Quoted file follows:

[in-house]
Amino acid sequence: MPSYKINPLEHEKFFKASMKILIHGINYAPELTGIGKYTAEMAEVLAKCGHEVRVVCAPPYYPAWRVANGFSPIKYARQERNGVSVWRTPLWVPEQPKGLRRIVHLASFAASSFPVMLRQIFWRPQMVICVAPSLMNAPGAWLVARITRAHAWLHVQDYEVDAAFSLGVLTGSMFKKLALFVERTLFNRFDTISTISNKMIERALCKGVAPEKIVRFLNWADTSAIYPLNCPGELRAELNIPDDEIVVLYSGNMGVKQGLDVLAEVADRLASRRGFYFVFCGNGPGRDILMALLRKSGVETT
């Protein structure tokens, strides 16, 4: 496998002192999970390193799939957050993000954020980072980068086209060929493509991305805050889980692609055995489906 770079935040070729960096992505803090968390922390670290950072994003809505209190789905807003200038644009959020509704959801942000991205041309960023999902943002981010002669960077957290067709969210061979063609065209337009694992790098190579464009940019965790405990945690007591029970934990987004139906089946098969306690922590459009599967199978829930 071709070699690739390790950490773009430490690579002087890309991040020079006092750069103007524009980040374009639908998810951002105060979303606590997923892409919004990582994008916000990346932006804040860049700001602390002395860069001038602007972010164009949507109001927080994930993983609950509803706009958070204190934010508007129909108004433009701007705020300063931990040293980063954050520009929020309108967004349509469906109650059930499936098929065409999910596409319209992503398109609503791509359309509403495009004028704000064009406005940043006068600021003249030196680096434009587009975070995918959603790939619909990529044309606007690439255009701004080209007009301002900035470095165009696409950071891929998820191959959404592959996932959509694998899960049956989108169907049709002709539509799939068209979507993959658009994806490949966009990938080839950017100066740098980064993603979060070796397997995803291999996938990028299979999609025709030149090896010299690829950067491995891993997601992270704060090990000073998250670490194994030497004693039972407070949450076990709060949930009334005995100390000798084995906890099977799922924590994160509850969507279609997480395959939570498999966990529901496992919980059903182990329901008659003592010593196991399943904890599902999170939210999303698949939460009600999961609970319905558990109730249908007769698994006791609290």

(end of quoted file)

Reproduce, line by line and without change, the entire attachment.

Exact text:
[in-house]
Amino acid sequence: MPSYKINPLEHEKFFKASMKILIHGINYAPELTGIGKYTAEMAEVLAKCGHEVRVVCAPPYYPAWRVANGFSPIKYARQERNGVSVWRTPLWVPEQPKGLRRIVHLASFAASSFPVMLRQIFWRPQMVICVAPSLMNAPGAWLVARITRAHAWLHVQDYEVDAAFSLGVLTGSMFKKLALFVERTLFNRFDTISTISNKMIERALCKGVAPEKIVRFLNWADTSAIYPLNCPGELRAELNIPDDEIVVLYSGNMGVKQGLDVLAEVADRLASRRGFYFVFCGNGPGRDILMALLRKSGVETT
């Protein structure tokens, strides 16, 4: 496998002192999970390193799939957050993000954020980072980068086209060929493509991305805050889980692609055995489906 770079935040070729960096992505803090968390922390670290950072994003809505209190789905807003200038644009959020509704959801942000991205041309960023999902943002981010002669960077957290067709969210061979063609065209337009694992790098190579464009940019965790405990945690007591029970934990987004139906089946098969306690922590459009599967199978829930 071709070699690739390790950490773009430490690579002087890309991040020079006092750069103007524009980040374009639908998810951002105060979303606590997923892409919004990582994008916000990346932006804040860049700001602390002395860069001038602007972010164009949507109001927080994930993983609950509803706009958070204190934010508007129909108004433009701007705020300063931990040293980063954050520009929020309108967004349509469906109650059930499936098929065409999910596409319209992503398109609503791509359309509403495009004028704000064009406005940043006068600021003249030196680096434009587009975070995918959603790939619909990529044309606007690439255009701004080209007009301002900035470095165009696409950071891929998820191959959404592959996932959509694998899960049956989108169907049709002709539509799939068209979507993959658009994806490949966009990938080839950017100066740098980064993603979060070796397997995803291999996938990028299979999609025709030149090896010299690829950067491995891993997601992270704060090990000073998250670490194994030497004693039972407070949450076990709060949930009334005995100390000798084995906890099977799922924590994160509850969507279609997480395959939570498999966990529901496992919980059903182990329901008659003592010593196991399943904890599902999170939210999303698949939460009600999961609970319905558990109730249908007769698994006791609290």